Dictionary > Chromomere

Chromomere

Definition
noun, plural: chromomeres
(genetics) One of the beadlike granules that are arranged in a linear series along the eukaryotic chromosome
(anatomy) Granulomere
Supplement
In genetics, chromomere is one of those beadlike granules arranged in a linear series on the chromosomes of eukaryotes. Chromomeres form from the local coiling of a continuous DNA thread. They become more distinct during prophase of both mitosis and meiosis. In meiosis, they are evident as early as the leptotene phase of prophase I especially because the chromosomes are starting to get condensed at this stage. In the next stage, i.e. zygotene, wherein the homologous chromosomes pair up in pairs, the chromomeres aid the homologous chromosomes to align with each other and form homologous rough pairing. Chromomeres contain genes and the arrangement of chromomere structure may be applied in controlling gene expression. Maps of chromomere structure may be made to be used for genetic as well as for evolutionary studies. They may prove useful in locating genes on a chromosome and in analyzing chromosomal aberrations.
In anatomy, chromomere pertains to the central part of a blood platelet. It is also called granulomere because the core of the platelet in stained smears is filled with small purple granules. The granules may be so compact in the central region of the platelet that it may be wrongly perceived as a nucleus. These granules however are evenly distributed in circulating platelets and become compacted from smear preparations. Furthermore, platelets are anucleate bodies. Electron micrographs of the platelet’s granulomere reveals the presence of lysosomes, mitochondria, granules comprised of serotonin, ADP, ATP, calcium, alpha particles (with platelet-specific proteins, fibrinogen, and other clotting factors), actin, myosin, ATPase, and agents for increasing vascular permeability.1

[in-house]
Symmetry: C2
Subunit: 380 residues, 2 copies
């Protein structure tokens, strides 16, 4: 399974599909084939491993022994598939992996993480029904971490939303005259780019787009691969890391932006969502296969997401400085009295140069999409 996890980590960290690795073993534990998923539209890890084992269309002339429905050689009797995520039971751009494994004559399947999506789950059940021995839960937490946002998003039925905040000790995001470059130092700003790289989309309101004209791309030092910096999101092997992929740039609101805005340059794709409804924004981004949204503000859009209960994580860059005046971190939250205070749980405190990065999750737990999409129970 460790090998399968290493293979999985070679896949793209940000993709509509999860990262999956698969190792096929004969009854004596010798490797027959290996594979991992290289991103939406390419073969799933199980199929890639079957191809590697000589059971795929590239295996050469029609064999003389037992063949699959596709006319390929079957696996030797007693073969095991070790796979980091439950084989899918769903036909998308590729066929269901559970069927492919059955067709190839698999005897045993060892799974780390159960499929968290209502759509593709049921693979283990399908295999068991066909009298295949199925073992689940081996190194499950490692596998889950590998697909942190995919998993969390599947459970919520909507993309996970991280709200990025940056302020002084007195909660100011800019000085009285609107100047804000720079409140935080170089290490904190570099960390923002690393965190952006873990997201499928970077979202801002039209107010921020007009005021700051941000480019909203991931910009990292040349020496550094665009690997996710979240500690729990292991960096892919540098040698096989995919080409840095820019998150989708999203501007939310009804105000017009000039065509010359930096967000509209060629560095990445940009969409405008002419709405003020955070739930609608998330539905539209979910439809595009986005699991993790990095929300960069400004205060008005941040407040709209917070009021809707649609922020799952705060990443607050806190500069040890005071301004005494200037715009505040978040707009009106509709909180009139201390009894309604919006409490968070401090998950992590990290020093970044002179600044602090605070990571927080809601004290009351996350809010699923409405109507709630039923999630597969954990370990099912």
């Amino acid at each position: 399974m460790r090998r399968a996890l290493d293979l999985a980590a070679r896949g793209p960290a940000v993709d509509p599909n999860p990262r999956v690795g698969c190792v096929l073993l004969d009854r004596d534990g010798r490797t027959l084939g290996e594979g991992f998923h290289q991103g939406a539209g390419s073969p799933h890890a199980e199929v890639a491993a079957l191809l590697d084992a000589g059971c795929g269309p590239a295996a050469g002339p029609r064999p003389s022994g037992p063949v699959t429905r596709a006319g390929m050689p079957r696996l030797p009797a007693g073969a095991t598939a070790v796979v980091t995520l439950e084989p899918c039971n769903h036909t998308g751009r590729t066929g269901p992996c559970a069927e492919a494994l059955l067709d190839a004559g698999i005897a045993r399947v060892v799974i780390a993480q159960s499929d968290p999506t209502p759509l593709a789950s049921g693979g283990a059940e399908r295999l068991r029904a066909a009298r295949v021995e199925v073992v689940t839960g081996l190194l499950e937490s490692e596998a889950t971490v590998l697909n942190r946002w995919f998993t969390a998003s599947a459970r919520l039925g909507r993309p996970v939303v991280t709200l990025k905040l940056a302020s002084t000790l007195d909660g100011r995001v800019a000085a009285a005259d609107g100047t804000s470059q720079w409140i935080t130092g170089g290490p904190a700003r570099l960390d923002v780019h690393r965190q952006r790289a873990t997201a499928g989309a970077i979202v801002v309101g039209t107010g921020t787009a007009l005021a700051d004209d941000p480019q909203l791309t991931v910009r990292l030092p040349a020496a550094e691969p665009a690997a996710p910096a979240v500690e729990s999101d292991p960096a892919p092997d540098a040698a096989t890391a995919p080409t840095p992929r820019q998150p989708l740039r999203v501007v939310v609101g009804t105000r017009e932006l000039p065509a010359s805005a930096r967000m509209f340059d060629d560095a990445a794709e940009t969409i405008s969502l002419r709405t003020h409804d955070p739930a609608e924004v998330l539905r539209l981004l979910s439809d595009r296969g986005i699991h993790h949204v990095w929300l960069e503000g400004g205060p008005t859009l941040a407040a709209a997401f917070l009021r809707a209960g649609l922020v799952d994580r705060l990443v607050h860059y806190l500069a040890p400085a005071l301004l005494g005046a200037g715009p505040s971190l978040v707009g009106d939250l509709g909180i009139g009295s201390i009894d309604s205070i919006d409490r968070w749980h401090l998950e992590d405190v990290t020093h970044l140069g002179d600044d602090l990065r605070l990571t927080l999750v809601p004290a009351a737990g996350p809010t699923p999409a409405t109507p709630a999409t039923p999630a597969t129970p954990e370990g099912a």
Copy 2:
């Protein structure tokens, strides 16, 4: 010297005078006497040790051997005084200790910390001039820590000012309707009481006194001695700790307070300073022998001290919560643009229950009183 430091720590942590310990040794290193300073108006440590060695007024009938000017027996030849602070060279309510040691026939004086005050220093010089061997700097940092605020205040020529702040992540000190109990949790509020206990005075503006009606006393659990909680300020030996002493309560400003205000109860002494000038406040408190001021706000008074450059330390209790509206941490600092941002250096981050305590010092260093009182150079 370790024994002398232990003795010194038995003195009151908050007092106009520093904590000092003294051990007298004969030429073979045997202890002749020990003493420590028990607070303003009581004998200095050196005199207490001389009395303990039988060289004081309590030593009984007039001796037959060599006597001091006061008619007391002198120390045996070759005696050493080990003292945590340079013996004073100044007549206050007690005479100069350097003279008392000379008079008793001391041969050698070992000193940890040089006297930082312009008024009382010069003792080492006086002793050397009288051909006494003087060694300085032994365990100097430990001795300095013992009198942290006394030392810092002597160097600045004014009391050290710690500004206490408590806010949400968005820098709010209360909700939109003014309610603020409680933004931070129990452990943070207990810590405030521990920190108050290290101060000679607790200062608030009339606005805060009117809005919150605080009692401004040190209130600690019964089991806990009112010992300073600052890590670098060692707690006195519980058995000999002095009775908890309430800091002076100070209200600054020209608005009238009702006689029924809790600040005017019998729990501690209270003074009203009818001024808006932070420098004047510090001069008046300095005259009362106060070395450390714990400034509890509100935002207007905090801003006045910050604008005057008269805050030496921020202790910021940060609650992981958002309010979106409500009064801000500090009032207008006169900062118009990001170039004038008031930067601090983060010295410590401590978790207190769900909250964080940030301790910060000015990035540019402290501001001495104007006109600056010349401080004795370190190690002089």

Word origin: chromo- (denoting color) + Greek meros (a part)
Synonym(s):

  • idiomere (genetics)
  • granulomere (anatomy)

Reference(s):

1 Krause, W. & Krause, W. (2005). Krause’s essential human histology for medical students. Boca Raton: Universal Publishers. p.70.


You will also like...

Salmon jumping upstream in the river
Lotic Communities & Animals

A running water environment offers numerous microhabitats for many types of animals. Similar to plants, animals in lotic..

Growth and Plant Hormones
Growth and Plant Hormones

Plants, like animals, produce hormones to regulate plant activities, including growth. They need these hormones to respo..

Direct and indirect physiologic effects of growth hormone
Animal Growth Hormones

Hormones are produced in the endocrine glands of animals. The pituitary gland and hypothalamus are the most impor..

Lentic community
Freshwater Communities & Lentic Waters

Lentic or still water communities can vary greatly in appearance -- from a small temporary puddle to a large lake. The s..

Water Cycle
The Water Cycle

The water cycle (also referred to as the hydrological cycle) is a system of continuous transfer of water from the air, s..

Golgi apparatus (3-D illustration)
Role of Golgi Apparatus & Endoplasmic Reticulum in Protein Synthesis

The endoplasmic reticulum and Golgi apparatus are the organelles involved in the translation step of protein synthesis a..